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Dooley: Go back to Eir for rural broadband, we'll all save money

With the National Broadband Plan crawling towards a signed contract, Fianna Fáil communications spokesman Timmy Dooley still believes Eir has a strong alternative. He spoke to Adrian Weckler


Rethink: Fianna Fáil’s Timmy Dooley suggests Eir’s plans should be reassessed

Rethink: Fianna Fáil’s Timmy Dooley suggests Eir’s plans should be reassessed

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Rethink: Fianna Fáil’s Timmy Dooley suggests Eir’s plans should be reassessed

Adrian Weckler (AW): Eir came in at the 11th hour with a proposal that it could provide an alternative to the National Broadband Plan for under €1bn. You appear to give that plan a lot of credence, despite Eir's track record. Do you believe the company's proposal is a bona fide one?

Timmy Dooley (TD): I certainly think that it can deliver broadband an awful lot less expensively than what the National Broadband Plan's procurement process is now delivering. It has succeeded in rolling out high-speed broadband to 300,000 rural homes, so I think it has the capacity to do it. And I think it could be done more cheaply.

AW: Wouldn't it be an extraordinary coup for Eir, having divided up the NBP intervention area, to come back and persuade the Government to stall or abandon the plan - which itself has probably become more expensive because of that deal to carve out 300,000 rural homes - in favour of a plan allowing it to get the rest on its own terms? And then also to give the company €1bn of taxpayers' money?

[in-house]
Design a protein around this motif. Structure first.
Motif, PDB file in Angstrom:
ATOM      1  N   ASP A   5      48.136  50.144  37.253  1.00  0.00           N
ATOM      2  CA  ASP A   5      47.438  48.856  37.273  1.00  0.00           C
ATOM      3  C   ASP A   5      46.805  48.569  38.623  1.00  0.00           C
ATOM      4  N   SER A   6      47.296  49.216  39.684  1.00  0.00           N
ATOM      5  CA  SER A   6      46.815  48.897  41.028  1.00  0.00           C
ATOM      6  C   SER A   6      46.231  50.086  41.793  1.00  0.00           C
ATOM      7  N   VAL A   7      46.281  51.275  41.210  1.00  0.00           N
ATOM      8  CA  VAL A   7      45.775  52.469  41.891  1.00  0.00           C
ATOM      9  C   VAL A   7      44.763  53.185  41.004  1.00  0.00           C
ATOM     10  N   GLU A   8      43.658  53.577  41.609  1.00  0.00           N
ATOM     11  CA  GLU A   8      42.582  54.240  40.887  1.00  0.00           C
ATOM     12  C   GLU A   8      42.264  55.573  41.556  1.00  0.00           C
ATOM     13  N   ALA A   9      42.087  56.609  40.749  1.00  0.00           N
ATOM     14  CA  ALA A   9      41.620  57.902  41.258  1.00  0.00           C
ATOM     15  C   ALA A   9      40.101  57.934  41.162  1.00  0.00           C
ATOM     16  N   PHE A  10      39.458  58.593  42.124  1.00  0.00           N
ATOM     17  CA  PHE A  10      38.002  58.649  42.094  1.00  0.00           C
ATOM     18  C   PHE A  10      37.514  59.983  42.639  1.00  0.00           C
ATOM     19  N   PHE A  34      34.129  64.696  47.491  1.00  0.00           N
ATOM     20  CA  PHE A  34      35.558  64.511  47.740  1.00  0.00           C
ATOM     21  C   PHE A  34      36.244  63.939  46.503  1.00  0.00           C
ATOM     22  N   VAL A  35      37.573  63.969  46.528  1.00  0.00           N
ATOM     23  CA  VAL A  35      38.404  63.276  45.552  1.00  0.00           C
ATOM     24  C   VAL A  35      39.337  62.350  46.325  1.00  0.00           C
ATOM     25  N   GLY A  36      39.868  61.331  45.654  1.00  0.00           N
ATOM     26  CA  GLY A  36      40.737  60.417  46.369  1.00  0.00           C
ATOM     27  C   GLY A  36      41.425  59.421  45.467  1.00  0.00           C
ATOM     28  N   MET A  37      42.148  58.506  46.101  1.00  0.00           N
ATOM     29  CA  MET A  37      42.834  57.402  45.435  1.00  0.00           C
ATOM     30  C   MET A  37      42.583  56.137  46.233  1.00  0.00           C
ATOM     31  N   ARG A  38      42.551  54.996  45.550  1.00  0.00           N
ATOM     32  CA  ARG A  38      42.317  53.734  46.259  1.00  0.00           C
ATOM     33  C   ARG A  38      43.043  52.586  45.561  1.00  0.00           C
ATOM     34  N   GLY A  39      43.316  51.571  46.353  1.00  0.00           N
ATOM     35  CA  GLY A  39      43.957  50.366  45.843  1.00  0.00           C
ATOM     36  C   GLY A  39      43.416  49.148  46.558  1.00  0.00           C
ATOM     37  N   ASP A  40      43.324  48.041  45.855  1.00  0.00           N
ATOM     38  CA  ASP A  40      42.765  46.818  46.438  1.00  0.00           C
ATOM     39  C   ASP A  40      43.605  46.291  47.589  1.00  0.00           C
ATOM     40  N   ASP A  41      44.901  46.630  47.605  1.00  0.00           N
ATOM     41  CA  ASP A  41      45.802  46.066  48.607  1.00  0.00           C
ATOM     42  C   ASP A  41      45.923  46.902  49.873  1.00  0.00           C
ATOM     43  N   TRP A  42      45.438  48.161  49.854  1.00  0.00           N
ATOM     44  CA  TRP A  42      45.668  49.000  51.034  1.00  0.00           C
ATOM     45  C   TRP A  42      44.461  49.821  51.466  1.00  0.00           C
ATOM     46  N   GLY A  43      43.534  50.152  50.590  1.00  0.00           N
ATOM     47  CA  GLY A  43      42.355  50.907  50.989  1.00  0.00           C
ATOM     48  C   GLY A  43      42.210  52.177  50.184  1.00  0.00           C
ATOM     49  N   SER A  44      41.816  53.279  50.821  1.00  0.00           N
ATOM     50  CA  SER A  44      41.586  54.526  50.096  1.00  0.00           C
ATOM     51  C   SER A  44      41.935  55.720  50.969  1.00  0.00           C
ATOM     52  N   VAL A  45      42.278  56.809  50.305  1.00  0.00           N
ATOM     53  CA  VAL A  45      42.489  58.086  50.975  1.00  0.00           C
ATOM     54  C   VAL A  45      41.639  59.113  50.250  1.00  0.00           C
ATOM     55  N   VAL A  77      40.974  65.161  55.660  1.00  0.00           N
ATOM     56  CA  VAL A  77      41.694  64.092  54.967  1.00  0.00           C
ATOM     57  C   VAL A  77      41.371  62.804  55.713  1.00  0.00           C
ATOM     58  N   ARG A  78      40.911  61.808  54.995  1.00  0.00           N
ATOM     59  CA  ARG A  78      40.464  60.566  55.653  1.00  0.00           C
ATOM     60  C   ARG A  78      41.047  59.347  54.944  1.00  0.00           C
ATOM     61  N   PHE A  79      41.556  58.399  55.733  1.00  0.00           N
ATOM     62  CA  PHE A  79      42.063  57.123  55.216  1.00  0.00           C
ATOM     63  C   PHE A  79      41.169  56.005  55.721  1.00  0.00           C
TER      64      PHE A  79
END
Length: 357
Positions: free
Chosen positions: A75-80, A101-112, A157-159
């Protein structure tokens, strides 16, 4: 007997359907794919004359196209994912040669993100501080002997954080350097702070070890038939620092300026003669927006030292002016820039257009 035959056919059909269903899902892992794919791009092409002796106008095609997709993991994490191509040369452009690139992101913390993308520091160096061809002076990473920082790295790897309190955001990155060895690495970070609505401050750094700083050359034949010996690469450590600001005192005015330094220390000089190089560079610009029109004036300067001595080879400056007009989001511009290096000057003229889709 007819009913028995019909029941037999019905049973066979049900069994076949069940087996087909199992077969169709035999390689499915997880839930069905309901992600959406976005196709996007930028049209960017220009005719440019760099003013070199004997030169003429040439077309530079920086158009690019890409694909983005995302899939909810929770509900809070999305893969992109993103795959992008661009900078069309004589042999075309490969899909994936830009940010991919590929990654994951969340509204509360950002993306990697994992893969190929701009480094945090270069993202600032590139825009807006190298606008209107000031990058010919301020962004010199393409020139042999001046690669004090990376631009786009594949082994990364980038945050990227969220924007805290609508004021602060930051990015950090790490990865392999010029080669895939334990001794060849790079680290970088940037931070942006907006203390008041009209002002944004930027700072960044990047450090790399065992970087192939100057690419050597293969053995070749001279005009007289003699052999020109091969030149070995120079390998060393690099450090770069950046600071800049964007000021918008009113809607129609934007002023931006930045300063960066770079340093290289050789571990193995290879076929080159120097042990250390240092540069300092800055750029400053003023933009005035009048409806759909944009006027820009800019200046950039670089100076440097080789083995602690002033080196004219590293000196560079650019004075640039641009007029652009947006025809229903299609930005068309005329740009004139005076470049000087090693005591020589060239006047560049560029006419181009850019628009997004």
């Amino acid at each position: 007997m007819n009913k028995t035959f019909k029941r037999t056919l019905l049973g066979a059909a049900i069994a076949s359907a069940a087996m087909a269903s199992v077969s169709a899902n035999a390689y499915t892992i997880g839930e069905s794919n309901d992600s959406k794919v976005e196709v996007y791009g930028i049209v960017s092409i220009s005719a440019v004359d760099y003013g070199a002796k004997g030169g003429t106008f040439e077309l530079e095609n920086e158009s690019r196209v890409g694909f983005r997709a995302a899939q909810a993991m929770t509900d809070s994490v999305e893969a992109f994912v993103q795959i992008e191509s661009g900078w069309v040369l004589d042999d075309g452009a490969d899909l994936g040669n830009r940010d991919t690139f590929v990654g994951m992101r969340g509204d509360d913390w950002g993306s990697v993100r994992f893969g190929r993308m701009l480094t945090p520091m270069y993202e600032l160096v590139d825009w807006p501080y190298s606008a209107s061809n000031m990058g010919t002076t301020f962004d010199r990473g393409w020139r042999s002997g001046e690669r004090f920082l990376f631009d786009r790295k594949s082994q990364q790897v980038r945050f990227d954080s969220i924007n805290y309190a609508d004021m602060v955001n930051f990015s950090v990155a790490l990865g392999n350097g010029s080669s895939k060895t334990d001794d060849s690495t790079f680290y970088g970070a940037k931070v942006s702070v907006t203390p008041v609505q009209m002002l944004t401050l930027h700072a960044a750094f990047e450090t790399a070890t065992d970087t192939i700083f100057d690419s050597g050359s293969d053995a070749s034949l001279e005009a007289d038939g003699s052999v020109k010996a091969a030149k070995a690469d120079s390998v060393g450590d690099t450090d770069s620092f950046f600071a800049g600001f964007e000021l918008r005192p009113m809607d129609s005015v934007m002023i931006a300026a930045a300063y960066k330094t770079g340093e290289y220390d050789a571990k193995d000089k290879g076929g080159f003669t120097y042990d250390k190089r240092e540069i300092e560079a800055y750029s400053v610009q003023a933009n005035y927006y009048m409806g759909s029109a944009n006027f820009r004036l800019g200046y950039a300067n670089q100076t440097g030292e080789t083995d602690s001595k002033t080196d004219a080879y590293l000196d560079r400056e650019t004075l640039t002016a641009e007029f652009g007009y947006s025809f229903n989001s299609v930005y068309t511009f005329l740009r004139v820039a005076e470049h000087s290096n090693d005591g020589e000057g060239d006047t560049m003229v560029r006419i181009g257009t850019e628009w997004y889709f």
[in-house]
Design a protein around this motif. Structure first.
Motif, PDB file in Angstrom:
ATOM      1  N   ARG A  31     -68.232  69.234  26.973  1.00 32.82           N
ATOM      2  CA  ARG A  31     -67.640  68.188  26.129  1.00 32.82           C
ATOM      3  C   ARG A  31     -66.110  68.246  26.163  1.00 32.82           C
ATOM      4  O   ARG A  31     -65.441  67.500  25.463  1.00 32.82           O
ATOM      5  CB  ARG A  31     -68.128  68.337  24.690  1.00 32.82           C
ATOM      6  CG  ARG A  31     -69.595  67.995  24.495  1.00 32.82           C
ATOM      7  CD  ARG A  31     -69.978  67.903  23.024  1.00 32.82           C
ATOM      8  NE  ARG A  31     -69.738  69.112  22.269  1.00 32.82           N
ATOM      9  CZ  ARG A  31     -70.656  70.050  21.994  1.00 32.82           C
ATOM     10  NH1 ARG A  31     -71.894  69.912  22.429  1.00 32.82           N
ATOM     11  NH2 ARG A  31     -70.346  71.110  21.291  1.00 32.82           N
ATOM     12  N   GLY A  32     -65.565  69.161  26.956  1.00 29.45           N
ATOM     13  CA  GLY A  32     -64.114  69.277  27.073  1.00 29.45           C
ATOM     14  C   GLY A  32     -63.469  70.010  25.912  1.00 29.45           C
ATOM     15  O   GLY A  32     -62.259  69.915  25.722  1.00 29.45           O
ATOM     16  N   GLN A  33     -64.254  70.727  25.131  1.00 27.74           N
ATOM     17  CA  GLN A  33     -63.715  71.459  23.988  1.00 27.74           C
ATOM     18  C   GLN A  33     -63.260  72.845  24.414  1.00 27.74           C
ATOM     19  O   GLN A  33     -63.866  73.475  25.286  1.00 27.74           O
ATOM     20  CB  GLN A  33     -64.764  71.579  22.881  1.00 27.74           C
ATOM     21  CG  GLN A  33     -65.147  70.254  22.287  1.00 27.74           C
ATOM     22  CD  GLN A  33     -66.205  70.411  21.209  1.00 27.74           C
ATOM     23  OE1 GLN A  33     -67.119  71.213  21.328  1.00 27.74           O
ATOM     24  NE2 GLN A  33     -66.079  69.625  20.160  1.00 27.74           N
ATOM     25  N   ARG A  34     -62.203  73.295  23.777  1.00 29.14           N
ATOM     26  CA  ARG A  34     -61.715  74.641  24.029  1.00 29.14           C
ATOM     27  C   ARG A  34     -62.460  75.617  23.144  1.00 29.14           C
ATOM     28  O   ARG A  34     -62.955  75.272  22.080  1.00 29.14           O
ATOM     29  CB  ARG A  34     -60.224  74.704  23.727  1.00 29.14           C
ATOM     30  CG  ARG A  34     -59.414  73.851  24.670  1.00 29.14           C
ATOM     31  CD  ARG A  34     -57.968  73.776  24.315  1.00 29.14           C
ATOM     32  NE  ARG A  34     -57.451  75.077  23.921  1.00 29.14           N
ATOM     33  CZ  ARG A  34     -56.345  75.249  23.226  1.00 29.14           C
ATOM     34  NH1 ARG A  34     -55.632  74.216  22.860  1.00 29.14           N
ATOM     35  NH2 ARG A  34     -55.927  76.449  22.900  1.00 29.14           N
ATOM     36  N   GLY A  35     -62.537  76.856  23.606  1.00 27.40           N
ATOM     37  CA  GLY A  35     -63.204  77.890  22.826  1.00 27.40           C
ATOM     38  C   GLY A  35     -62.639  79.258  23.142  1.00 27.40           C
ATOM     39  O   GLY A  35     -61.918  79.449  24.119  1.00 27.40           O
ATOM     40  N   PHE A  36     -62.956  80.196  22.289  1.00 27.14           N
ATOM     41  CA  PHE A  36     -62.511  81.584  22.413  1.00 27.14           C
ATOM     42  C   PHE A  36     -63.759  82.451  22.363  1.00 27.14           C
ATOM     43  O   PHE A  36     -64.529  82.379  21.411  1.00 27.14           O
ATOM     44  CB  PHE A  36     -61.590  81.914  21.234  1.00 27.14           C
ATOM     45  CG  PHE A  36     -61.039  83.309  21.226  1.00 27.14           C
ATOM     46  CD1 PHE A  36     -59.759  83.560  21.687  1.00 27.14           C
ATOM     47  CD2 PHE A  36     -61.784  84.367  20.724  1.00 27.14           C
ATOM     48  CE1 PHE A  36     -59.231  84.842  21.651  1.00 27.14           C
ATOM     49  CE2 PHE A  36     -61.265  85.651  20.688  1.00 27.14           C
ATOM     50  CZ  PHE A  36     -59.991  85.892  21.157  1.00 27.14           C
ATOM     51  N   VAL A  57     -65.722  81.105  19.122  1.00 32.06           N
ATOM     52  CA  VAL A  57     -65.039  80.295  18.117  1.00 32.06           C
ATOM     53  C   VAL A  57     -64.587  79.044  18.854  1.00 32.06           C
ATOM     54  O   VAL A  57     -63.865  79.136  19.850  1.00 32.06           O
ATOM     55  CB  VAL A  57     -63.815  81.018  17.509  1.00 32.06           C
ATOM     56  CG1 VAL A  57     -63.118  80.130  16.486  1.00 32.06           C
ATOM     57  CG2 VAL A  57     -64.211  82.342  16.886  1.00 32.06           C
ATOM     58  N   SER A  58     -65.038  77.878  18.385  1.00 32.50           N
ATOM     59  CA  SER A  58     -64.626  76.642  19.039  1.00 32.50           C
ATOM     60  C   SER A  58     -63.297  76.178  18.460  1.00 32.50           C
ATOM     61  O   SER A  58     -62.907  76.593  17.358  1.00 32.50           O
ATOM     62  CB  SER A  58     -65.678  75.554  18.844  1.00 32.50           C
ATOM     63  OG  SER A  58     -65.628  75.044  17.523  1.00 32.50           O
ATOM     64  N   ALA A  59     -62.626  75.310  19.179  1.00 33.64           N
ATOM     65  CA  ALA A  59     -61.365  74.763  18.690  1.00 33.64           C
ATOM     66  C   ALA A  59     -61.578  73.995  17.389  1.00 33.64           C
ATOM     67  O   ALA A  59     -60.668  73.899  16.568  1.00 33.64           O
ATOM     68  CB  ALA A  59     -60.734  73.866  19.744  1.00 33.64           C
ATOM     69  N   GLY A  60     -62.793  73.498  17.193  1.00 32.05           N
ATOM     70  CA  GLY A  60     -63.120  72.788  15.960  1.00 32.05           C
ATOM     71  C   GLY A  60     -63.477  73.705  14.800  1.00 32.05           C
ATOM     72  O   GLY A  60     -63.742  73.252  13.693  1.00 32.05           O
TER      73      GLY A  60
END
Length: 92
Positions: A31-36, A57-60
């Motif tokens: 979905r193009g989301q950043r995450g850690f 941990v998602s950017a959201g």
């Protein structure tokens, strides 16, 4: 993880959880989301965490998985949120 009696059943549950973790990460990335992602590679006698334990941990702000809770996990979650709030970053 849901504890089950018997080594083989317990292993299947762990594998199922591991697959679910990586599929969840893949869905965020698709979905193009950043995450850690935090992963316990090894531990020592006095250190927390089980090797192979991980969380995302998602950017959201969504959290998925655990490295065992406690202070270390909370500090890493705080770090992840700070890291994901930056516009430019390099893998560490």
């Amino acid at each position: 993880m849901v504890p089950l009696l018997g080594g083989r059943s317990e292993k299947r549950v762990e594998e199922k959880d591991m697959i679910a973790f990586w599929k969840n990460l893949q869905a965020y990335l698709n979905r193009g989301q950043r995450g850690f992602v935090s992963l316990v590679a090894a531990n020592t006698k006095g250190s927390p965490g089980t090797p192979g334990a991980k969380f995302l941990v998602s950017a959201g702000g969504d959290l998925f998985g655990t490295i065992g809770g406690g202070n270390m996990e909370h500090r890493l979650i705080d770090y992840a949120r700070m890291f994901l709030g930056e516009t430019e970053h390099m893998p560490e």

TD: That is a valid question. But if I go back to the base principles of what we are trying to achieve here, it's high-speed broadband as quickly and affordably as possible to 542,000 locations throughout the country.

I felt that the entire process was broken when Eir pulled out. Because with its experience, infrastructure, footprint and scale of business in the country, I could never see how anyone was going to beat it in a procurement process.

It wasn't allowed to factor in certain resources that it had available to it. When you're asking an incumbent to tie one hand and two legs together and to compete with somebody [Granahan McCourt] who's not in the place at all, just for the purpose of saying we're having a fair competition, the only one that ultimately loses out here is the taxpayer.

AW: But what you call red tape here is surely department officials being careful with taxpayers' money, isn't it? Don't they have a duty to make sure that the process is as solid and watertight as possible? Would you really go with a potentially lesser standard from a company that many across the political spectrum still blame for Ireland's broadband problems in the first place, ever since it was privatised in 1999?

TD: Well, the Department [of Communications] gets defensive when I raise questions about Granahan McCourt and whether or not it has the experience, the capacity, the capability, and all that goes with it. The department says that it will only be paid when it has delivered. And that if the company goes away, or disappears and leaves the country, that we get the assets. The same could apply in a relationship with Eir.

The minister and the department should be having a much more involved conversation with Eir about this. With the best will in the world, the department has set about building a gold-plated procurement process for very good reasons.

I don't think the motivation was at all incorrect, particularly because of issues that had happened in the past. There had to be checks and balances. But I think it was overdone.

I would agree that the privatisation of Eir created a problem. And if we knew then what we now know about the development of the internet and all that goes with it, I certainly don't think it would have been privatised.